There are certain things you can and can't do in bunkers. Here we give you the lowdown on some of the essential golf bunker Rules 'do's and don'ts'
There are many hazards on most golf courses - some watery and some sandy. Most golf courses have at least a few bunkers; some have considerably more than others. However many there are where you play, even the straightest of hitters will find themselves in the sand at some stage, so knowing what you can and can’t do is essential.
Here are the essential golf bunker rules ‘do’s and don’ts’ for when you find yourself in the sand.
Most golfers know you can’t ground your club in a hazard, nor touch the sand with your hand. However, touching or brushing the sand with your club on your backswing is also a breach. All breaches incur a two-stroke penalty in stroke play and loss of hole in match play.
However, if you aren’t certain which club you're going to use, and take two or more into the bunker, you may lay the extra clubs down in the sand once you’ve decided, provided nothing is done to test the condition of the hazard or improve the lie off the ball.
Equally, you can take your bag, or even trolley, in with you, and while that may sound a little silly, on modern courses with vast expanses of sand, it could be a time-saver.
But you’ll probably attract comment from other golfers, and suspicious looks from greenkeepers, so while it’s perfectly legal, we wouldn't recommend it generally.
If you stumble as you enter a bunker and use a club to prevent yourself from falling, that is fine - there is no penalty.
Finally, there is, since the 2019 revisions, an extra option for an unplayable ball in the bunker. Everything is detailed here: Unplayable ball in a bunker but essentially, if you want to drop the ball back on a line between the unplayable lie and the flag, you can now drop it outside the bunker but this will cost you two penalty shots.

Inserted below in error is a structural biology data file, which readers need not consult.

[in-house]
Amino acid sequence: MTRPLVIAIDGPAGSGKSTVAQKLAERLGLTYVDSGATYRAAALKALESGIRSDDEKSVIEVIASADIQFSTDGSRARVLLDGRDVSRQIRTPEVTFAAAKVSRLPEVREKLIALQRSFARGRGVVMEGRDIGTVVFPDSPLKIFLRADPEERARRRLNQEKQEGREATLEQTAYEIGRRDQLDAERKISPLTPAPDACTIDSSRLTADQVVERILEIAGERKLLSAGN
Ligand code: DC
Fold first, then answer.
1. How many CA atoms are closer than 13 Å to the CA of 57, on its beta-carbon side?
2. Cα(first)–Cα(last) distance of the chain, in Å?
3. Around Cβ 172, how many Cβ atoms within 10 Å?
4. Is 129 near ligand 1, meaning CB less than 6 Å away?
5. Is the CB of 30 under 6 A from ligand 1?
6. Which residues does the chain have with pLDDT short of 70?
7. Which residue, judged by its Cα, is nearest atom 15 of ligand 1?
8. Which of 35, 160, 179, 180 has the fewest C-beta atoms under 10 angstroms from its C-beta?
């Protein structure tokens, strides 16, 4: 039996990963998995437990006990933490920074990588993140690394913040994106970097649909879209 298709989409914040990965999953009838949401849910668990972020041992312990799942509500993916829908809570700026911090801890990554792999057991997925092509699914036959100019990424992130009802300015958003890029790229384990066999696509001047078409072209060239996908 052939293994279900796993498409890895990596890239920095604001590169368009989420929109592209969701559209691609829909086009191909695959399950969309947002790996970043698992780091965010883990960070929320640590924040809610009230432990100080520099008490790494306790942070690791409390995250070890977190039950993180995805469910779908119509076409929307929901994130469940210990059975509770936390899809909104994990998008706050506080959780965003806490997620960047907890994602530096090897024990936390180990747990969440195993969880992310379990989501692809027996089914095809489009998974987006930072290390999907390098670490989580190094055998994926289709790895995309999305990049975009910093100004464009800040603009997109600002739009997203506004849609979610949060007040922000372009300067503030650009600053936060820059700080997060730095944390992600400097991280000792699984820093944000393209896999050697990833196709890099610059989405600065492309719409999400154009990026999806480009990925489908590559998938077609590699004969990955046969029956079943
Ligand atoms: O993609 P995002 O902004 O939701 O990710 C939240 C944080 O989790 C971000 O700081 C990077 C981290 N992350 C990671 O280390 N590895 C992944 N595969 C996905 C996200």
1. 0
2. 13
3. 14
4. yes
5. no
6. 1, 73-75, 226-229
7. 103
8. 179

Finally, if sand play still proves an issue despite a sound knowledge of the Rules, you can always check out the Golf Monthly website for a host of bunker play advice from Peter Uihlein and others!
You'll also find more great Rules advice in our dedicated Rules section, with more videos in association with The R&A in the pipeline.
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Location: Club Fourteen Golf Studio
Andy has been coaching for over 20 years and he is recognised as one of the very best teachers with children. He is the UK's only Level 2 coach having travelled to the US Kids' headquarters in North Carolina and he works predominantly with children from 4 to 11.
I need to keep my teaching as simple as possible, and make it as fun. This will ensure the children who come to me for a golf lesson are going to be encouraged, engaged, and given a good experience. Most importantly they will experience the joy of golf and the desire to return week after week.
How to ensure clear communication:
With my groups I keep the ratio to 6:1, so I know I can give every child some attention. When I’m talking to a child or the group, I make sure I have everyone looking at me and most importantly when I’m talking to a child, I get down to their level, so my eye line is at the same level. This involves being on my knees or sitting down next to them. The language I use also has to be very different from traditional coaching, I need to keep the instructions simple, so the young audience I have in front of me can understand what I’m asking them to do.
With children, success is so important, they want that emotional high from doing something well, getting praise from either myself or their parents. They want a buzz from hitting a good shot. Therefore, a challenge I face is creating an environment and lesson that will offer that ‘high’ as soon as possible whilst trying to challenge each child within that group. If a child is not gaining that confidence or more importantly enjoying the game/challenge that they are playing they will start to lose their overall enjoyment of golf and may, over time want to stop all together. A similar challenge to this is the need for success from parents and maybe more from non-golfing parents. I feel non-golfing parents don’t appreciate how difficult golf can be. Which golf professional hasn’t heard the cry of ‘focus’ ‘concentrate’ from a parent to their child along a driving range?
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